Friedrich Nietzsche
Translation: H.L. Mencken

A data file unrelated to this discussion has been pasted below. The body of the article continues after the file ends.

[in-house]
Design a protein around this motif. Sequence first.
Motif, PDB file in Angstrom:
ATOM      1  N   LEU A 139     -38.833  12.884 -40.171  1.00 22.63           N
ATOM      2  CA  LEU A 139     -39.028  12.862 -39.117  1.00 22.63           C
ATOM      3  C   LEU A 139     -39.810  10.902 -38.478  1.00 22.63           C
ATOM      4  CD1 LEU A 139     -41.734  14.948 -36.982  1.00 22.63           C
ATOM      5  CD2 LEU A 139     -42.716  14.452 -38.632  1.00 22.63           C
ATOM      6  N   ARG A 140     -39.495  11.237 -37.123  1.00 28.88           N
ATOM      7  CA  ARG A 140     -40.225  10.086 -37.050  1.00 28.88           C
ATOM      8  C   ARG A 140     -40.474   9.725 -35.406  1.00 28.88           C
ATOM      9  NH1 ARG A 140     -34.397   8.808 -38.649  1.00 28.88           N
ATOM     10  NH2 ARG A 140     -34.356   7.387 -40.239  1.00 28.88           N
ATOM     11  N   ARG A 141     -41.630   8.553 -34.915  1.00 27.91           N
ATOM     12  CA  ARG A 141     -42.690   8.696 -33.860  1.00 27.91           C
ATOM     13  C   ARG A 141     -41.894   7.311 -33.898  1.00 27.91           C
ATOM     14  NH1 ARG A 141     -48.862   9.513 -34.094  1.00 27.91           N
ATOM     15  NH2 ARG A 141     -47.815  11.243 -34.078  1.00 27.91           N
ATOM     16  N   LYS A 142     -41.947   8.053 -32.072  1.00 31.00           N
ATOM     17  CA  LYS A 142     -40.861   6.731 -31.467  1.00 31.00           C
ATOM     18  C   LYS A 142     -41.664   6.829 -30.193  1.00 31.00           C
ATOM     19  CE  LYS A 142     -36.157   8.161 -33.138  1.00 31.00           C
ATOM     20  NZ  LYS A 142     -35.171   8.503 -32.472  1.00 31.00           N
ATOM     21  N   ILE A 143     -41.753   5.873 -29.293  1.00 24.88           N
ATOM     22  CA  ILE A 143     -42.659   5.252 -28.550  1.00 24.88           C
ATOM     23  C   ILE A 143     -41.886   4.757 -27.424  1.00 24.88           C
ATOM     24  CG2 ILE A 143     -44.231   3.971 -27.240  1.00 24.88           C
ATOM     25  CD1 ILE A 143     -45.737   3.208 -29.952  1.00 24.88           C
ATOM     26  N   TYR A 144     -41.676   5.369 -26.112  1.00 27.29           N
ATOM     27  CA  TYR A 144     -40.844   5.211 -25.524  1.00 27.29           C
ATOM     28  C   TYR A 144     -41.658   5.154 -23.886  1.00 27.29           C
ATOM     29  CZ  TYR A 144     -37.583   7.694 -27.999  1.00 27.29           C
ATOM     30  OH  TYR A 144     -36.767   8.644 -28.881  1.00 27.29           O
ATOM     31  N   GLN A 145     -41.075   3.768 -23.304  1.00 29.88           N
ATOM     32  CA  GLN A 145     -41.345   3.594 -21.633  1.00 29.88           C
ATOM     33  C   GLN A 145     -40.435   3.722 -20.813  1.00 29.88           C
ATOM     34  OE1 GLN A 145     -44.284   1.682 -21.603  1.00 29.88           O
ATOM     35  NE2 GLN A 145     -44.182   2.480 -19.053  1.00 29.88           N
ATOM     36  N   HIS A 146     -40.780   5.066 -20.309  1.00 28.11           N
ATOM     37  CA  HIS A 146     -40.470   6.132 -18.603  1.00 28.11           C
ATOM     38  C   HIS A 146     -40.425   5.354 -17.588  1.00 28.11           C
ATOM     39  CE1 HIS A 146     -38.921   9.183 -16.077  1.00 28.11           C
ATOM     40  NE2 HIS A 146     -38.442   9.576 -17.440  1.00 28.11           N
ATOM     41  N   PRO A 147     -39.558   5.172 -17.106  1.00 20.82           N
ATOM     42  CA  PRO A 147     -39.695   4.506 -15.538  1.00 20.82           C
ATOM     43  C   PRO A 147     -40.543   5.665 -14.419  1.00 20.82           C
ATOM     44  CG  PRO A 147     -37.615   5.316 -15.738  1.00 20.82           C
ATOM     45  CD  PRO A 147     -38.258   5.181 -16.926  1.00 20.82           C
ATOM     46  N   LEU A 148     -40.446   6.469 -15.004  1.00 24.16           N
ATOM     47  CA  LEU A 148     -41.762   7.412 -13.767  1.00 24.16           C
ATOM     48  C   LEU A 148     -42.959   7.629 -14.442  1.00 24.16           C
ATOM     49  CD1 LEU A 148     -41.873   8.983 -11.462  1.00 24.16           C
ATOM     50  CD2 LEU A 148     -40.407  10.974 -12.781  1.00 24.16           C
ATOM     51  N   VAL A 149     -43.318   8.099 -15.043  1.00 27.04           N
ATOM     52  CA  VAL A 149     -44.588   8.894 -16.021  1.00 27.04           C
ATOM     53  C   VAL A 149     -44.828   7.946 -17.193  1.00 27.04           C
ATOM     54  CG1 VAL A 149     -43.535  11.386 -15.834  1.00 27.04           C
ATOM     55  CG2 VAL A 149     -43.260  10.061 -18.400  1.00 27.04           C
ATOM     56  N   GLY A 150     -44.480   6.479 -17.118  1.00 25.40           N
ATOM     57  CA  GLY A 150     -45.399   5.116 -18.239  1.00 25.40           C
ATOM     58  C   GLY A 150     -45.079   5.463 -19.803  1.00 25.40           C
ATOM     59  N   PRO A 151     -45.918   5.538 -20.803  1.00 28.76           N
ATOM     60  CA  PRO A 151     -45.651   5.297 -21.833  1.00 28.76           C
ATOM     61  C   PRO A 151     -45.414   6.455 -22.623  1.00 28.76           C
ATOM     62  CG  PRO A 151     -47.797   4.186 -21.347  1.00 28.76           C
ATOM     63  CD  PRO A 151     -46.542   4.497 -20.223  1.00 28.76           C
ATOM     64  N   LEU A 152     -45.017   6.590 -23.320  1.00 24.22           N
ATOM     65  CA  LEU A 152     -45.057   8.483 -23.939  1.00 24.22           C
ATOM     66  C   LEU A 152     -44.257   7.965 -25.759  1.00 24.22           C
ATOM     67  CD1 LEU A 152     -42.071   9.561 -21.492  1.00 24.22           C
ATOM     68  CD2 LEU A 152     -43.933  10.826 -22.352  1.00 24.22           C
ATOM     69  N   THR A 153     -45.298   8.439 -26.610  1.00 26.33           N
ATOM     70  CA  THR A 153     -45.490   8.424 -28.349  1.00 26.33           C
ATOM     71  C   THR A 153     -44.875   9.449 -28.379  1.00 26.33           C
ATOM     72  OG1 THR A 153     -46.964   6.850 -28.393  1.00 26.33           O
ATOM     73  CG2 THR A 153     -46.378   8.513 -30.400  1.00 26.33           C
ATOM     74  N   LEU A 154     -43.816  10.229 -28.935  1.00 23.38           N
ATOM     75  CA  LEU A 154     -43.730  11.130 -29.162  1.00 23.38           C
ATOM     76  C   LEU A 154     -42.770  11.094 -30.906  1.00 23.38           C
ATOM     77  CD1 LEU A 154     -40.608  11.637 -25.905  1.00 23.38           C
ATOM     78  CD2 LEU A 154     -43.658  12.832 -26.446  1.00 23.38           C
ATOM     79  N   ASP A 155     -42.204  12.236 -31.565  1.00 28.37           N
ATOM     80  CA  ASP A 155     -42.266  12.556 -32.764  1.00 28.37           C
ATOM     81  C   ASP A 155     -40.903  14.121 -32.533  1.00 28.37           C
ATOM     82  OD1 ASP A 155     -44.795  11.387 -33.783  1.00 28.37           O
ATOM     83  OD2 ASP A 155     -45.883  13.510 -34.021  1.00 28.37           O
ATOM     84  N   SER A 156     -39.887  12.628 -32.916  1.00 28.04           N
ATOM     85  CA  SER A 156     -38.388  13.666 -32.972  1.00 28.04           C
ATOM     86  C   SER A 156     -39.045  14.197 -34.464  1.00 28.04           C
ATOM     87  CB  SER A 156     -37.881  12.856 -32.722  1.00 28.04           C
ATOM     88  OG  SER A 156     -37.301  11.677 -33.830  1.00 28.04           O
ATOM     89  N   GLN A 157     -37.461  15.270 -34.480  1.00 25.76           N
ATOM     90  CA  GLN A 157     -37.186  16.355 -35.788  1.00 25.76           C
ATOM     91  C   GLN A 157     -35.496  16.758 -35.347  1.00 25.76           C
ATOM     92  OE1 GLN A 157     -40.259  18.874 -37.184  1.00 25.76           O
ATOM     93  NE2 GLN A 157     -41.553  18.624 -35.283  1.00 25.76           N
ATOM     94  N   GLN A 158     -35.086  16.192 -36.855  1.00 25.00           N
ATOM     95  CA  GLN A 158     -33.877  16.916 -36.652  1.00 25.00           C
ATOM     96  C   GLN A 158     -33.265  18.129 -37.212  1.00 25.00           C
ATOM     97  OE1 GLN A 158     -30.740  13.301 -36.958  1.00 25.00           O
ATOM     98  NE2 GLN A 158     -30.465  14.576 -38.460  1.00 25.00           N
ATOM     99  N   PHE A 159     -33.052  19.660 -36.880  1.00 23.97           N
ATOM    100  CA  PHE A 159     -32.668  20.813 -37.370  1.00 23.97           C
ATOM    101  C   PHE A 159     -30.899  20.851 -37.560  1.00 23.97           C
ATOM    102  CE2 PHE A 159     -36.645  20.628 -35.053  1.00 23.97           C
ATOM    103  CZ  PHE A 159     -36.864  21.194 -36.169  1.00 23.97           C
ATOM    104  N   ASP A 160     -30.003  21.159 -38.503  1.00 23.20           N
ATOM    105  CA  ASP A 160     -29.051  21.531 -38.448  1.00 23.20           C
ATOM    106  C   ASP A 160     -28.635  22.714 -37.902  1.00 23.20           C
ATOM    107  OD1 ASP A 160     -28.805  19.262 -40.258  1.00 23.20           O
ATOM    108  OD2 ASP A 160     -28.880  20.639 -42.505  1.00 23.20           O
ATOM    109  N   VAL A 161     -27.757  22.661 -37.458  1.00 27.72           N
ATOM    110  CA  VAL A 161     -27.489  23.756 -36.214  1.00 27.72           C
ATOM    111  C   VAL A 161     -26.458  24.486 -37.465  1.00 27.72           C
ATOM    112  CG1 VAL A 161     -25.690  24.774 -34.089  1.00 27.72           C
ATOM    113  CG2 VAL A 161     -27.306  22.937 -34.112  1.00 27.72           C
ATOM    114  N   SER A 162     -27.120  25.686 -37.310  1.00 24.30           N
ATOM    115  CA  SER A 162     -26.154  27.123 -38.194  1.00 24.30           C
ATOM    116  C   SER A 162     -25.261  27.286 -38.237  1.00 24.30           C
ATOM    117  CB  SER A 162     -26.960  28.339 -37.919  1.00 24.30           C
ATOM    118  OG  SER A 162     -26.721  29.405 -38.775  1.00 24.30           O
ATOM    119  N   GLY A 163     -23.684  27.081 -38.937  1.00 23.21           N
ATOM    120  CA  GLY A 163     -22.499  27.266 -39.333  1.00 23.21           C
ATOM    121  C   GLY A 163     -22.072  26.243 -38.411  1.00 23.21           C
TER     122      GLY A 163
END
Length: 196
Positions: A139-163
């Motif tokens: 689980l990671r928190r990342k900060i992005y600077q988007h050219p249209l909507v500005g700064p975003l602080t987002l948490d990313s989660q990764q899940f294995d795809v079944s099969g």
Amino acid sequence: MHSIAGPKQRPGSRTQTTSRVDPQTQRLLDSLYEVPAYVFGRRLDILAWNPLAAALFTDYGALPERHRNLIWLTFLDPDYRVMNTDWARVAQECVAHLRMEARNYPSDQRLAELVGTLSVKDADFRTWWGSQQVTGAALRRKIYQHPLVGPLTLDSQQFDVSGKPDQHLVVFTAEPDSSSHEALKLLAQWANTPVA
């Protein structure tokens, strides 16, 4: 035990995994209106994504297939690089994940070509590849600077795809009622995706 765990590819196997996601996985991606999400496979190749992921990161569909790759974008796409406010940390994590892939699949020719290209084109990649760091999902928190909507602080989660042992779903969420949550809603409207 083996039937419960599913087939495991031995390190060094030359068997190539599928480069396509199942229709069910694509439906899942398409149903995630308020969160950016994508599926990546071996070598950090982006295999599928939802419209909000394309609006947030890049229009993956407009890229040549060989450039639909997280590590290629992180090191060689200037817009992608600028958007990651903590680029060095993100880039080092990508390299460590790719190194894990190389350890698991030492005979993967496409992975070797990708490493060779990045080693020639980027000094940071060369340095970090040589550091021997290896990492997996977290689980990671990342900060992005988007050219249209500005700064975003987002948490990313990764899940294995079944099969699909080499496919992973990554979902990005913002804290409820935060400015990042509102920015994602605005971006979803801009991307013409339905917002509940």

Buddhism, I repeat, is a hundred times more austere, more honest, more objective. It no longer has to justify its pains, its susceptibility to suffering, by interpreting these things in terms of sin--it simply says, as it simply thinks, "I suffer." To the barbarian, however, suffering in itself is scarcely understandable: what he needs, first of all, is an explanation as to why he suffers. (His mere instinct prompts him to deny his suffering altogether, or to endure it in silence.) Here the word "devil" was a blessing: man had to have an omnipotent and terrible enemy--there was no need to be ashamed of suffering at the hands of such an enemy. --At the bottom of Christianity there are several subtleties that belong to the Orient. In the first place, it knows that it is of very little consequence whether a thing be true or not, so long as it is believed to be true. Truth and faith: here we have two wholly distinct worlds of ideas, almost two diametrically opposite worlds--the road to the one and the road to the other lie miles apart. To understand that fact thoroughly--this is almost enough, in the Orient, to make one a sage. The Brahmins knew it, Plato knew it, every student of the esoteric knows it. When, for example, a man gets any pleasure out of the notion that he has been saved from sin, it is not necessary for him to be actually sinful, but merely to feel sinful. But when faith is thus exalted above everything else, it necessarily follows that reason, knowledge and patient inquiry have to be discredited: the road to the truth becomes a forbidden road.--Hope, in its stronger forms, is a great deal more powerful stimulans to life than any sort of realized joy can ever be. Man must be sustained in suffering by a hope so high that no conflict with actuality can dash it--so high, indeed, that no fulfillment can satisfy it: a hope reaching out beyond this world. (Precisely because of this power that hope has of making the suffering hold out, the Greeks regarded it as the evil of evils, as the most malign of evils; it remained behind at the source of all evil.)--In order that love may be possible, God must become a person; in order that the lower instincts may take a hand in the matter God must be young. To satisfy the ardor of the woman a beautiful saint must appear on the scene, and to satisfy that of the men there must be a virgin. These things are necessary if Christianity is to assume lordship over a soil on which some aphrodisiacal or Adonis cult has already established a notion as to what a cult ought to be. To insist upon chastity greatly strengthens the vehemence and subjectivity of the religious instinct--it makes the cult warmer, more enthusiastic, more soulful.--Love is the state in which man sees things most decidedly as they are not. The force of illusion reaches its highest here, and so does the capacity for sweetening, for transfiguring. When a man is in love he endures more than at any other time; he submits to anything. The problem was to devise a religion which would allow one to love: by this means the worst that life has to offer is overcome--it is scarcely even noticed.--So much for the three Christian virtues: faith, hope and charity: I call them the three Christian ingenuities.--Buddhism is in too late a stage of development, too full of positivism, to be shrewd in any such way.--

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